Scott Hartnell's long curly locks, his fun-loving personality, and his sometimes goofy decisions - he infamously threw his glove at Tampa Bay's Ryan Malone earlier this season as the forward was skating in on a breakaway - have masked the fact that the 26-year-old left winger is having a career season.

Yet, when the Flyers host the Florida Panthers tonight, not much of the talk will center on Hartnell's personal-best totals in goals (27) and points (56).

All because of his wild, bushy brown hair.

The Flyers will give out Hartnell wigs to the first 5,000 fans, and all those 14 and under, tonight.

"With that hair, he's the most recognizable sports figure in Philadelphia," captain Mike Richards said. "He's good to have around. He always keeps things loose."

Hartnell, who says he hasn't had a haircut in 17 months, likes the look of the wig.

"Hopefully, we'll give the fans a nice little show and have a little fun with it," he said.

He said his hair - which looks part Oscar Gamble, part Don "Big Bird" Saleski, and part Scott "Carrot Top" Thompson - is tough to maintain. But he has "no intentions of cutting it any time soon," and he may try to lose his helmet tonight to show his hair "and get the crowd going."

Hartnell's season has included an in-game benching for his lack of hustle on Long Island, along with an NHL-high 50 minor penalties. But there have been many more positives than negatives. He is the Flyers' No. 4 scorer, and he has developed into a clubhouse leader.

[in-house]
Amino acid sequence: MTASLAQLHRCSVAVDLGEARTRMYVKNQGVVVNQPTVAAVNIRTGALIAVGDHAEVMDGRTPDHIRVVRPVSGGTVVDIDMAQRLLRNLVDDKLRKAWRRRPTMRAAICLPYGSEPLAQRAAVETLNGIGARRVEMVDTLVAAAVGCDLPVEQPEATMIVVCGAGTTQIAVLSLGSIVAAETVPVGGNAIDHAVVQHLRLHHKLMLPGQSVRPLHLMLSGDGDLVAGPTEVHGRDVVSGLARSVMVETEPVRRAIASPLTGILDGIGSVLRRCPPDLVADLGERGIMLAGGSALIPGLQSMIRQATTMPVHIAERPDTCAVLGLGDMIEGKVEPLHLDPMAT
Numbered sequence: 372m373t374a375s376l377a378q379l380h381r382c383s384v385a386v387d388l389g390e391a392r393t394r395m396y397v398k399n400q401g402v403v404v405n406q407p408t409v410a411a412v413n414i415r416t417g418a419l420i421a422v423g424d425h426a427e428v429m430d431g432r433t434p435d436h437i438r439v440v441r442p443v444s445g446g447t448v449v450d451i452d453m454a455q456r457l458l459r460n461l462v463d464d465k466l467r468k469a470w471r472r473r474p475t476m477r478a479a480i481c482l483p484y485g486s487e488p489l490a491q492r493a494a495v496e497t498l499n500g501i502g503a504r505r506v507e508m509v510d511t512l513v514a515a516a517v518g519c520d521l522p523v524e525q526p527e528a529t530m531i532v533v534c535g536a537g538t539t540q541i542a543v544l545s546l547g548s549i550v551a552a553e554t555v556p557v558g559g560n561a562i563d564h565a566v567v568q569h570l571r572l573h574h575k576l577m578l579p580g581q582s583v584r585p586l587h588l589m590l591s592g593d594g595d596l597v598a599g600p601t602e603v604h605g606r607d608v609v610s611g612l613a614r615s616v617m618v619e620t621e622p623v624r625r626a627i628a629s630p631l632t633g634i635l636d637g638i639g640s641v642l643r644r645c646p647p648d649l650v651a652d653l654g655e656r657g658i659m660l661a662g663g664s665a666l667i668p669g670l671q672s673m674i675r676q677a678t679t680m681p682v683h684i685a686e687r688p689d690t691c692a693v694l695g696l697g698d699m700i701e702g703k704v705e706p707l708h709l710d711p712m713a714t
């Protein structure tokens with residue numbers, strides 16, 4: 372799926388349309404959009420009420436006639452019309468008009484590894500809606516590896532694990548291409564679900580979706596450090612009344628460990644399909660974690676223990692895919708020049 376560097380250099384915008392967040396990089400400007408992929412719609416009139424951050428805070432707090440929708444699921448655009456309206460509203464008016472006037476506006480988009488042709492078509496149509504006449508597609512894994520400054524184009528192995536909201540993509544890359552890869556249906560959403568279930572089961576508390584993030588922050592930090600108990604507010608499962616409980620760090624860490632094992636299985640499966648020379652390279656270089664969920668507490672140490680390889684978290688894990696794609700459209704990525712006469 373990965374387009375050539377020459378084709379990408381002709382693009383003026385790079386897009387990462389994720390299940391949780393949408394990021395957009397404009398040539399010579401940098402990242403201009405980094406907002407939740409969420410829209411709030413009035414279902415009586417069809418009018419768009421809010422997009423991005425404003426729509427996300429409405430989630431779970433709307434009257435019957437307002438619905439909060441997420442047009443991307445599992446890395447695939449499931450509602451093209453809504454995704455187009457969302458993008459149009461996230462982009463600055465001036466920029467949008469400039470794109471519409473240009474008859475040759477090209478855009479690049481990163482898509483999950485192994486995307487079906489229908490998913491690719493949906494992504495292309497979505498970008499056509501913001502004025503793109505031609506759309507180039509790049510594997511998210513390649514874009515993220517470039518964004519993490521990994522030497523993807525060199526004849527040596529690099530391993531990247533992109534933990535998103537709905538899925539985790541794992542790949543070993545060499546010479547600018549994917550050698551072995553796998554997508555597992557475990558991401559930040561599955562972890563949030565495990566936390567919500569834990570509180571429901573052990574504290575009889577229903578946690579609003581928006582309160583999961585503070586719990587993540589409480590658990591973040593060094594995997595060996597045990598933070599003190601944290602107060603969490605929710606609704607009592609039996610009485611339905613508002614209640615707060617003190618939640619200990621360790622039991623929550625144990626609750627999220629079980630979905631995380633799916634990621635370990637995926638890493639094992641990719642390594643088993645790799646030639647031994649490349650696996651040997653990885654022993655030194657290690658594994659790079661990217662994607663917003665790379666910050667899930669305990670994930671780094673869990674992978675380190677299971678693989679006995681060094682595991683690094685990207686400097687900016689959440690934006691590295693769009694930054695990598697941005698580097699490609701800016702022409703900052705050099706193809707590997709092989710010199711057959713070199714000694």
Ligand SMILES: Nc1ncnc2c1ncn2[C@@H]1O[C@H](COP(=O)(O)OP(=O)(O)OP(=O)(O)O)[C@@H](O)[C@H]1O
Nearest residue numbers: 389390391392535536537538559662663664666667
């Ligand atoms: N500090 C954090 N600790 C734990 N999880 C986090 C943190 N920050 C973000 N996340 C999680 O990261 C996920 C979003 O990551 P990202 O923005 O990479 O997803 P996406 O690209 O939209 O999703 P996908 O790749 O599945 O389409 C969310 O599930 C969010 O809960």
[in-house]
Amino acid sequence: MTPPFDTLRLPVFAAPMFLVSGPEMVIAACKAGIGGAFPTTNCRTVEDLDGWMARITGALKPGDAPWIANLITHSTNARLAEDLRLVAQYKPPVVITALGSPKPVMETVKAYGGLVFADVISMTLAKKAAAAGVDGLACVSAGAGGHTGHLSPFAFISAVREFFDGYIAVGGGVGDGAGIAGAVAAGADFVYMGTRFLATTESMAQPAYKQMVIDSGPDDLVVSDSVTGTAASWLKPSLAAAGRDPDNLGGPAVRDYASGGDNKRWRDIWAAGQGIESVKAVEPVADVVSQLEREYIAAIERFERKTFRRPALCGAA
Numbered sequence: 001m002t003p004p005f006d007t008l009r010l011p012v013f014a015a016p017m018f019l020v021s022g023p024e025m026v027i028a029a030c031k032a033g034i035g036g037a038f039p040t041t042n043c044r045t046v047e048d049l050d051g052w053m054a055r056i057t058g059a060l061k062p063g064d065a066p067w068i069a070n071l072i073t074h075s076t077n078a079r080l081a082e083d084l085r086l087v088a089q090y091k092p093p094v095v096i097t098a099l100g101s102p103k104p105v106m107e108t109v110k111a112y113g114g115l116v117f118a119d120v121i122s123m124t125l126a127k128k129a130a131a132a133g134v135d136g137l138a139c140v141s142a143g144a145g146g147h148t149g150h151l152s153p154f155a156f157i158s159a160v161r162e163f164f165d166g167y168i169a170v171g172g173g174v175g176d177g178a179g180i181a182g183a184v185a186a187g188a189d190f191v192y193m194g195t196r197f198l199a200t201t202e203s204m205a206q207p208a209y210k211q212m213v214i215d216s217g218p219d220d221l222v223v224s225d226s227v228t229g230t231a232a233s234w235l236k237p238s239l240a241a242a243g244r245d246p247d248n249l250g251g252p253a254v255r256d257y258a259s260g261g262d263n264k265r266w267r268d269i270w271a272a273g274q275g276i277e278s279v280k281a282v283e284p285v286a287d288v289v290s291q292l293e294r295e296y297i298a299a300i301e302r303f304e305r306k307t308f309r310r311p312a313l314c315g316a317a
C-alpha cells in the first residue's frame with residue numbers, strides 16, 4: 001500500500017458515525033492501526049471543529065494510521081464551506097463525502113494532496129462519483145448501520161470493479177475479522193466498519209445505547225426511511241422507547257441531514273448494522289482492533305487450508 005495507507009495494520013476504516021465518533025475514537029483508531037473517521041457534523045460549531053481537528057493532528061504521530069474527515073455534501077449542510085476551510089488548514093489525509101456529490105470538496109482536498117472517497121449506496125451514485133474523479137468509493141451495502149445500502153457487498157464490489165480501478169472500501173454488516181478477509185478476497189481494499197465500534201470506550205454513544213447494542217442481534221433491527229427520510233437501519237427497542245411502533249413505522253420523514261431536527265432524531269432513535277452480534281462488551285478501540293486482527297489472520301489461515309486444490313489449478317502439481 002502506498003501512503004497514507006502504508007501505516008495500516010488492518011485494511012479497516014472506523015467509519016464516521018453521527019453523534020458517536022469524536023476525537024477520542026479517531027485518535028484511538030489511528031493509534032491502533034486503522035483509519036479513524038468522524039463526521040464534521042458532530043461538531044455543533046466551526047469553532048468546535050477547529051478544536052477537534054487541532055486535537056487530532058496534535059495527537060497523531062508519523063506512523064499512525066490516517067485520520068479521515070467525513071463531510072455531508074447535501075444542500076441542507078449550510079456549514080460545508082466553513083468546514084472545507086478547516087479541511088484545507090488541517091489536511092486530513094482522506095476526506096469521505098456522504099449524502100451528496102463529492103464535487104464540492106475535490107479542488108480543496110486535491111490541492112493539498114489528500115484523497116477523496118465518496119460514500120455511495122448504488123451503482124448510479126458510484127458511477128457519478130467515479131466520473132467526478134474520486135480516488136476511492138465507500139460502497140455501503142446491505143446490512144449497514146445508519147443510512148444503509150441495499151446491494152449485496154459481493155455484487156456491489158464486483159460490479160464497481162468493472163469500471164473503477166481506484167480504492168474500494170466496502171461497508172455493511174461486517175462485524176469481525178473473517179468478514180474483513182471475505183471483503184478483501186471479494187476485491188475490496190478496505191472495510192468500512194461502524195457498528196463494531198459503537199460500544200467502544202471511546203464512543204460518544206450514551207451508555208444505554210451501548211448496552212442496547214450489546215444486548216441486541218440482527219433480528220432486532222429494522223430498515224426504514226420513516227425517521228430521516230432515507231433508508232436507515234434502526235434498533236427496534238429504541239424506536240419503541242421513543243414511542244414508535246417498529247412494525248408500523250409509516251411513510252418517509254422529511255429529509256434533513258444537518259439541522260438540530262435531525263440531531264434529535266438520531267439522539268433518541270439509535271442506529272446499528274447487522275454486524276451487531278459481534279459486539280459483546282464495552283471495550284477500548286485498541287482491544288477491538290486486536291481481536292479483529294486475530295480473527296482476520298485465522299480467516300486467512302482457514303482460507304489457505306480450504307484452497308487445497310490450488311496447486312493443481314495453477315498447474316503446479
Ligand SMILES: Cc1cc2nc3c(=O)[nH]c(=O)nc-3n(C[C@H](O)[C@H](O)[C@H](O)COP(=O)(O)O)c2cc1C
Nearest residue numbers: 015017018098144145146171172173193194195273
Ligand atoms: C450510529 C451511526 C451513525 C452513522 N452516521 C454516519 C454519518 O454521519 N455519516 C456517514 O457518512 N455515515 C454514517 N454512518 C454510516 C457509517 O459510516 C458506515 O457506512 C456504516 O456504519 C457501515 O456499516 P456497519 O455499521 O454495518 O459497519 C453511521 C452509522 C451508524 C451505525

That explains why the hair is not getting trimmed.

"I'm having a good year, so I might as well keep it going here for the playoffs and maybe beyond," he said.

Hartnell said it was "pretty cool" to have a wig designed after him. "I'm sure it'll be weird to have fans wearing that curly Afro mess. It's pretty funny."

"It's going to be scary," Richards said.

Uses for the wig?

"Halloween is the first choice," Hartnell said. "I'm sure there might be a couple Hartnell renegades out there on Halloween, mucking it up in the bars. But other than that, I don't know why'd you use this."

Hartnell said, "There are 20 guys in this room that are jealous of my hair, so I think maybe in warm-ups, a couple of guys will be wearing them."

Hartnell and Kimmo Timonen were acquired from Nashville for a No. 1 draft pick (a selection the Flyers had originally received from the Predators in the Peter Forsberg deal) after the 2006-07 season. It may be the best trade general manager Paul Holmgren has made.

"Right when I came here I felt like a team wanted me," Hartnell said. "The way Holmgren grabbed Kimmo and myself, I felt an extra boost of confidence. And playing in a bunch of different situations [helped]. This year, playing with one of the hottest guys in the NHL, Jeff Carter, has obviously contributed to getting a lot of points.

"It's all coming together, and [coach] John Stevens has been great for me. He's got me to be focused every night and put me in different situations - at the end of games, starting games - and it's just been a good year."

A season in which he can laugh at himself. After he threw his glove at Malone, Hartnell was involved in a charity event at a Phantoms game in which fans threw gloves and mittens onto the ice.

"Somebody said I'm every marketer's dream," Hartnell said with a smile.

Knuble wants to stay. Mike Knuble, whose 26 goals are tops in the NHL for players 35 and over, wants to remain with the Flyers beyond this season. He will be an unrestricted free agent after the season, and his agent has had some talks with Flyers management.

The right winger, who makes $2.8 million this season and will be difficult to fit under next season's cap, made it clear he wants to stay.

"I know the economy is the big X-factor, and I'm a realist, and I know that money is tight here," said Knuble, 36, who, like Hartnell, provides a presence in front of the net. He has 113 goals in four seasons with the Flyers.

"You have your core group and then it's, 'How do the other parts fit in?' I'd love to come back, and I think I've been productive enough to warrant that. But you have to see where the organization is going."